Methodology of analysis

To validate the method of analysis, real cases are evaluated.  This evaluation is done in three phases.  The first phase is to determine the availability of the software solution.  Bottlenecks are identified, in order to target components that have the most impact on the availability of the software solution.

In the second phase, logic or virtual components are duplicated and arranged in parallel in order to achieve better availability.  The evaluation is limited to duplication of two components of the solution in order to limit the scope of the analysis.  Although the study is not concerned with the costs of modifying an architecture, duplication should be applied with caution since it creates additional costs, both in the design of the solution and in its deployment in a physical environment.

The last phase is devoted to establishing the new availability of components and to assessing the availability of the modified solution.

As noted in section A different paradigm, dependencies between components create a directed acyclic graph.  The component at the system root must travel several nodes to reach each of the other system components.  The length of a path between two nodes is calculated based on the number of edges between them; the distance is the length of the shortest path [1].

The availability of a software solution comes in two steps.  As noted in the methodology of Tsai and Sang [23], the first step is to determine the components of the software solution that can be connected in series or in parallel.  Conversely, subsystems connected in parallel must be composed only of duplicates, and must remain interchangeable since they must serve the same service.

Thereafter, the availability of all the subsystems is determined by calculating the availability of subsystems that can be represented by a graph with only one node, until only one system, parallel or series, remains.  Figure below illustrates an example.

  1. Components B1 and B2, as well as availability of the components C1 and C2, are calculated using a parallel connection scheme.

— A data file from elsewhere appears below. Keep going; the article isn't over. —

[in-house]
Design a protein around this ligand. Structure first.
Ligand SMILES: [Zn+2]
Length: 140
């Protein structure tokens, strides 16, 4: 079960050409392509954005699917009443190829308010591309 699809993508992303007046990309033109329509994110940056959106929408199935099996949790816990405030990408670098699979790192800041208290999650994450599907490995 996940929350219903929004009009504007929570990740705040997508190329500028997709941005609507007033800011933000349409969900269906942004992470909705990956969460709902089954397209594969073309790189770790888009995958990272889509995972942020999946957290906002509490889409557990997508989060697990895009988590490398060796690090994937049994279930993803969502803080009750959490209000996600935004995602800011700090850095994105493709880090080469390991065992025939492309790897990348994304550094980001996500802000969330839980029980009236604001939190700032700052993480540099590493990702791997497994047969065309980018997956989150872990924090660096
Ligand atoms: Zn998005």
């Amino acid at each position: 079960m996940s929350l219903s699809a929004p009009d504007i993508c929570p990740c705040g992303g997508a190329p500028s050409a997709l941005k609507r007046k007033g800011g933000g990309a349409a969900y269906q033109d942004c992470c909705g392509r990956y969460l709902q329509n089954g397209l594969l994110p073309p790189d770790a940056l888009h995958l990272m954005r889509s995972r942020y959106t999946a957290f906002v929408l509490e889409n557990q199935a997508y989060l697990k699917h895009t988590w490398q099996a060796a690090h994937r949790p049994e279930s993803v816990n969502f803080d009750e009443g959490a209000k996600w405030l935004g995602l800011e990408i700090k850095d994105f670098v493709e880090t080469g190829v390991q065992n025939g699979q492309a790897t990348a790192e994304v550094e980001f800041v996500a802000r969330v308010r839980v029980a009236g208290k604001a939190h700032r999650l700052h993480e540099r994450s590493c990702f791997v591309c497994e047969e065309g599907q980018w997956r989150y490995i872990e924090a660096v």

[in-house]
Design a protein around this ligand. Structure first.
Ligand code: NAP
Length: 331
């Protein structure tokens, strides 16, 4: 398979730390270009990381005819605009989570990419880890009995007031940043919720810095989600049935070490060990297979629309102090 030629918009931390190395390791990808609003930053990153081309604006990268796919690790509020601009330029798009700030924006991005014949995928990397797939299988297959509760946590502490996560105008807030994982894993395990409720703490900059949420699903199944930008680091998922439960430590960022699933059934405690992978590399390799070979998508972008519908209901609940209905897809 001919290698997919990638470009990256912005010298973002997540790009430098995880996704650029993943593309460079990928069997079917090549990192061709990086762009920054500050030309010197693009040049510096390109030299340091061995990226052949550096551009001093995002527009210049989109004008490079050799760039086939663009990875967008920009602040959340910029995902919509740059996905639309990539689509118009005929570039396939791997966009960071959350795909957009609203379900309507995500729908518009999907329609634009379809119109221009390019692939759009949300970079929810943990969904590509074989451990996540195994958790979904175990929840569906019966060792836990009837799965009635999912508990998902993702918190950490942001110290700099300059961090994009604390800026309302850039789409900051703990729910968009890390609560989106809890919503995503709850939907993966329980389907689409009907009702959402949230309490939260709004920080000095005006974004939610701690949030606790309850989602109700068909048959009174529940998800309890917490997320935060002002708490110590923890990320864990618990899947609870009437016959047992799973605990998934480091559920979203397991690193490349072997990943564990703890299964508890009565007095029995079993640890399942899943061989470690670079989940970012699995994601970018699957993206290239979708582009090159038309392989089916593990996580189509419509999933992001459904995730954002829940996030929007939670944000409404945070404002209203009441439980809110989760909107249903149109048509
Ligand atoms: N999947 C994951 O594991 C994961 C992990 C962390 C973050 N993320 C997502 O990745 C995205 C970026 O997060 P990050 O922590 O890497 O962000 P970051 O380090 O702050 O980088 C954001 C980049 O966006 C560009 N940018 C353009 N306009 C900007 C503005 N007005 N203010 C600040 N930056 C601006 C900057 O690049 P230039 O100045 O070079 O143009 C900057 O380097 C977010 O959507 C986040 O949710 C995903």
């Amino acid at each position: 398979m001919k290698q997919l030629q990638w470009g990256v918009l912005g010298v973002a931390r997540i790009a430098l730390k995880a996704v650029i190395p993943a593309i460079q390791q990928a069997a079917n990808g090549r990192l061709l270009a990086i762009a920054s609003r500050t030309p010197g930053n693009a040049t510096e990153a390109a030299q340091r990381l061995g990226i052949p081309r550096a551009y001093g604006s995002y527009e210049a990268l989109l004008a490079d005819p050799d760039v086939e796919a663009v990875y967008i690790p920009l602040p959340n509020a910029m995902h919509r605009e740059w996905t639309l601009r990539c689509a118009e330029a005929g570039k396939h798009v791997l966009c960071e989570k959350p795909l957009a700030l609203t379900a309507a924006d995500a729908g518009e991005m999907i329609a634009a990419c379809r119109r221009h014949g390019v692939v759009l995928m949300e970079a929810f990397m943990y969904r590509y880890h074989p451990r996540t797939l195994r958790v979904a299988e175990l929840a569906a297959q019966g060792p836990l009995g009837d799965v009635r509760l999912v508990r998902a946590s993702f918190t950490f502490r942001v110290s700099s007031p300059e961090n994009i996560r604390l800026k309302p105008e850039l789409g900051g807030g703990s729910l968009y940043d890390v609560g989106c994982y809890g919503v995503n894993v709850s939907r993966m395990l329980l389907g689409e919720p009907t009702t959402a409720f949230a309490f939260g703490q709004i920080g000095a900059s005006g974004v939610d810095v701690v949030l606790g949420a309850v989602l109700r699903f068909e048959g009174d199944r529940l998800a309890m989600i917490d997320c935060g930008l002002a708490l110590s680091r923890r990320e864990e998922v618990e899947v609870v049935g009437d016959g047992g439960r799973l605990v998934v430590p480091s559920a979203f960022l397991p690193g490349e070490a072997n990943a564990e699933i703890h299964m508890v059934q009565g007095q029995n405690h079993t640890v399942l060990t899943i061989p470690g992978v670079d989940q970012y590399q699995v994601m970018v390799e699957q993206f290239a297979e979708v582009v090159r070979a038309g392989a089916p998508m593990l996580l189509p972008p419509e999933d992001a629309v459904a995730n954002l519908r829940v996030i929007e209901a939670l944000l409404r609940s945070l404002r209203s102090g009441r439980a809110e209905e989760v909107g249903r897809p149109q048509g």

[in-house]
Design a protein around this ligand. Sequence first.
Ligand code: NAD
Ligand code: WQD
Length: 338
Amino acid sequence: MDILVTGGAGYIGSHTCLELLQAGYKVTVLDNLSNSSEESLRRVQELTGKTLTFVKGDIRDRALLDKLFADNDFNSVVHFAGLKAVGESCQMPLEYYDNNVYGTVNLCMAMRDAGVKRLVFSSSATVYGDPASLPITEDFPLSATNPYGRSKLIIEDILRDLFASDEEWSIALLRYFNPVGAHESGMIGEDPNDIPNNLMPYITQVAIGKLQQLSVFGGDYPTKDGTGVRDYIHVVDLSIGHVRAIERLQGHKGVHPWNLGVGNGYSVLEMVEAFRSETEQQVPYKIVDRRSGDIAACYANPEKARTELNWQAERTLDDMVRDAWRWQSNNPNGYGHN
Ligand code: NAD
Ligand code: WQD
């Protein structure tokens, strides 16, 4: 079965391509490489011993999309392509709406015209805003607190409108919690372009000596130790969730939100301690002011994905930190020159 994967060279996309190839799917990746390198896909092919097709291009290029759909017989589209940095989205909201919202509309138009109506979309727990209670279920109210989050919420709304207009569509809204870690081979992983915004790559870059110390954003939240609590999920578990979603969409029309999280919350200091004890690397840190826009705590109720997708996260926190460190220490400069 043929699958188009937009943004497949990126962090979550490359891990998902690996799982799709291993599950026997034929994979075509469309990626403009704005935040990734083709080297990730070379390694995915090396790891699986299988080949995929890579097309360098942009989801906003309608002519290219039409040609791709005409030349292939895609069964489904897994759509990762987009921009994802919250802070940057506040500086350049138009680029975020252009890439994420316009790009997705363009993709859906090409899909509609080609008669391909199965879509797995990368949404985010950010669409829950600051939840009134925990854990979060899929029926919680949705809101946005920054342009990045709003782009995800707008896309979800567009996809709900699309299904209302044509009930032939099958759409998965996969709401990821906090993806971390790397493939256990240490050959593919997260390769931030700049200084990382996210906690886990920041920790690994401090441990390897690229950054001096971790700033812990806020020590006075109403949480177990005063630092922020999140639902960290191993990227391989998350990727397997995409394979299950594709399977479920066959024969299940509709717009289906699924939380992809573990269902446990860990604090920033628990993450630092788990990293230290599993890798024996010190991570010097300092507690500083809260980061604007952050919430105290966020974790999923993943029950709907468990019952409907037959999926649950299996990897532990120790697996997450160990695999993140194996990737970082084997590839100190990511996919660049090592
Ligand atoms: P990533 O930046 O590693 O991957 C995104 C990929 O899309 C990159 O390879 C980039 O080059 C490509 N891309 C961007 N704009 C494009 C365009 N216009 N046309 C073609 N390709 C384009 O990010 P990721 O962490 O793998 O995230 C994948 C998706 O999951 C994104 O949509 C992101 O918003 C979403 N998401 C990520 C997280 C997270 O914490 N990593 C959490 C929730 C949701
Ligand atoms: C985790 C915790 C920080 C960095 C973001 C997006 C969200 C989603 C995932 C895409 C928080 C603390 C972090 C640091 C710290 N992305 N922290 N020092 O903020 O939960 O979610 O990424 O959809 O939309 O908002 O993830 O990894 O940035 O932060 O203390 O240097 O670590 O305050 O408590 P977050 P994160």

2. The second step calculates the availability of components B and D, as well as that of the system composed of the components C and E.
  3. Finally, the last step calculates the availability of the parallel system composed of component BD and of component CE, that results in a final series system composed of A, BDCE and F.

Bottlenecks in availability of a software solution are the components that have the greatest impact on the availability of the solution.  In order to target them, it is important not only to measure the availability of each component, but also to quantify the impact of the availability of each component on that of the entire solution.

In the context of this study, the transitional virtual components and the communication links determine the dependencies between components, as detailed in section Virtual Layer.  The accounting of the availability of the incoming communication links of a system consisting of a logic component and the virtual components it depends on allows us to establish all the subsystems of which the component to quantify is part of.  As for parallel systems, the assessment must be done considering that the risk is shared between the duplicates of the virtual components.

This study must be done for each component, and it must be done sequentially in three stages.  The first is to determine the availability of each of the components.  This is done by calculating the availability of the series and parallel systems consisting of a logic component and the virtual components on which it depends.

Next, you have to identify if the component is part of parallel systems.  Once this is done, it is possible to determine the systems, parallel and series, which include the logic component in question.

We must next establish the hierarchy of the systems of which the component is part of, and calculate the parallel and series systems of this hierarchy.  This allows identification of the impact of the component’s availability on the solution.

For example, in the case of the system of the figure at the beginning of the page, where the availability of components C1 C2 C3 C4 and C5 is precalculated and is 0.5, the contextual availability can be calculated as follows:

During the evaluation of the contextual availability of the system components, the components having the lowest availability are bottlenecks, since they have the greatest impact on the availability of the solution.  The solution given as an example has two bottlenecks, C4 and C5.